Get Outside, Georgia

The antidote to traffic: Gold

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Okay, I admit it. I like TV shows about prospecting for gold.

The show begins, and you meet the heroes. They pack their gear and head to the hills, where they shovel dirt and sweat a lot and scoop drinking water from a creek. They always have great adventures, face great trials and sometimes even find a little gold.

It’s fun to think about being a prospector, though I’m not sure that I want to be a serious prospector. That sounds like a lot of work. Besides, I prefer air conditioning and iced tea to sweat and muddy creek water.

So is there any option for someone like me? Say, perhaps, a place to go gold prospecting that happens to have an air-conditioned restaurant close by for lunch?

As it turns out, there is. North Georgia offers lots of places where I (and you) can do a little grassroots, seat-of-the-pants prospecting of our own, and some of those places are not too far away.

First, a little science. Georgia’s gold comes from a belt of gold-bearing rocks that runs more or less northeast-to-southwest through the northern part of the state. Imagine a swath from Villa Rica up through Dahlonega and beyond, and you’ve got the idea. You won’t find gold at every spot in the gold belt, but once in a while…

A week or so ago, gold fever struck hard while I was sitting (along with several tens of thousands of my closest commuter-type friends) on one of those great concrete ribbons optimistically known as expressways. With nothing else to do, I started daydreaming, and from there it was just a short mental hop to gold.

So I made plans. And that’s how I came to find myself, just the other day, hunkered down in a little creek on the east side of Lake Allatoona in Cherokee County, gold pan in hand.

As it happens, many of the creeks which feed that lake’s eastern side hold a little bit of alluvial gold - that is, gold which is found in the gravel bed of a creek or stream.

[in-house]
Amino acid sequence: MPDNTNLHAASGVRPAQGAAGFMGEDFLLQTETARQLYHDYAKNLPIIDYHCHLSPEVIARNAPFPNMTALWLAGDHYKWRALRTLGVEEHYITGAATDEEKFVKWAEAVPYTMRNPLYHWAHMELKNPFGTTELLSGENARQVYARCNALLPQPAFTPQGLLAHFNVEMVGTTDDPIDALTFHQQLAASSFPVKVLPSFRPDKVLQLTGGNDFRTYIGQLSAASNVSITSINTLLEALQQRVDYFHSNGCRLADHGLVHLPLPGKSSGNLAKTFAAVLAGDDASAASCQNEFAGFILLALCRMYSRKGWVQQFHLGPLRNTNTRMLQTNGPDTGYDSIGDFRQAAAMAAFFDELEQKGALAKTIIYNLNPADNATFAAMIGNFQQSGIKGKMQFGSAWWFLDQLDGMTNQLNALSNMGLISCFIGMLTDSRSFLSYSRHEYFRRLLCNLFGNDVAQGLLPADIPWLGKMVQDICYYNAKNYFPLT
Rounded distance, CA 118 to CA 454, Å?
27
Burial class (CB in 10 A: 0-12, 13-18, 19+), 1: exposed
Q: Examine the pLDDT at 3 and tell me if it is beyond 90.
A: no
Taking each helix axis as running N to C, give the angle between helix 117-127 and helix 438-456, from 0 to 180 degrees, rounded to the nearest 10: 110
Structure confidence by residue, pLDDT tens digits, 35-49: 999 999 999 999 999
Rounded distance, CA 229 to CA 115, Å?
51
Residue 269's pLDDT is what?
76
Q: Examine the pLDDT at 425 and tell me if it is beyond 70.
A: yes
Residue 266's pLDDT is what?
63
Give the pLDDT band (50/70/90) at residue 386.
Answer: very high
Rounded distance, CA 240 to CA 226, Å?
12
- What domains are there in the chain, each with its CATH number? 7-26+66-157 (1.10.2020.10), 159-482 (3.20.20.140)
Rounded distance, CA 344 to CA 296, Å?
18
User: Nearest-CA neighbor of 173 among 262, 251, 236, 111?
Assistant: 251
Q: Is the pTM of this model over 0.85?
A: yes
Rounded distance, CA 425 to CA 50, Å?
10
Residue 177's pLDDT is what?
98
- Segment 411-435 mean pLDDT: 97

Which particular spot was I in? Ahh, now there’s the question. No good prospector names precise locations because that takes all the fun out of the search!

But I will say this: If you do a little research, and check out the lake’s feeder streams, you just might find yourself on the right track.

The Corps of Engineers allows recreational gold panning in streams located on Corps land. “Recreational panning” means prospecting with a gold pan only; devices such as sluices or dredges or metal detectors are not permitted. You’re also limited to the gravel streambed itself – in other words, don’t dig dirt from the creek’s banks.

You can learn more about prospecting on Corps land by poking around at sam.usace.army.mil/Portals/46/docs/recreation. Then locate some Corps of Engineers land and set aside a morning or an afternoon to see what you can find. And take your kids! Even if you don’t find any gold per se, you’re sure to bring back all sorts of other treasures – not the least of which is a day you’ll never forget.

But I digress. Did I find any gold on my post-traffic excursion? Yes, I did. Did I find a lot of gold? No, I did not. Take it from me: there’s no danger that I’m gonna get rich panning for gold (though I know folks who have). But I’m going to have a great time trying.

And whether I find any gold or not, I’m sure I’ll find treasure of another kind – an antidote to all that traffic.


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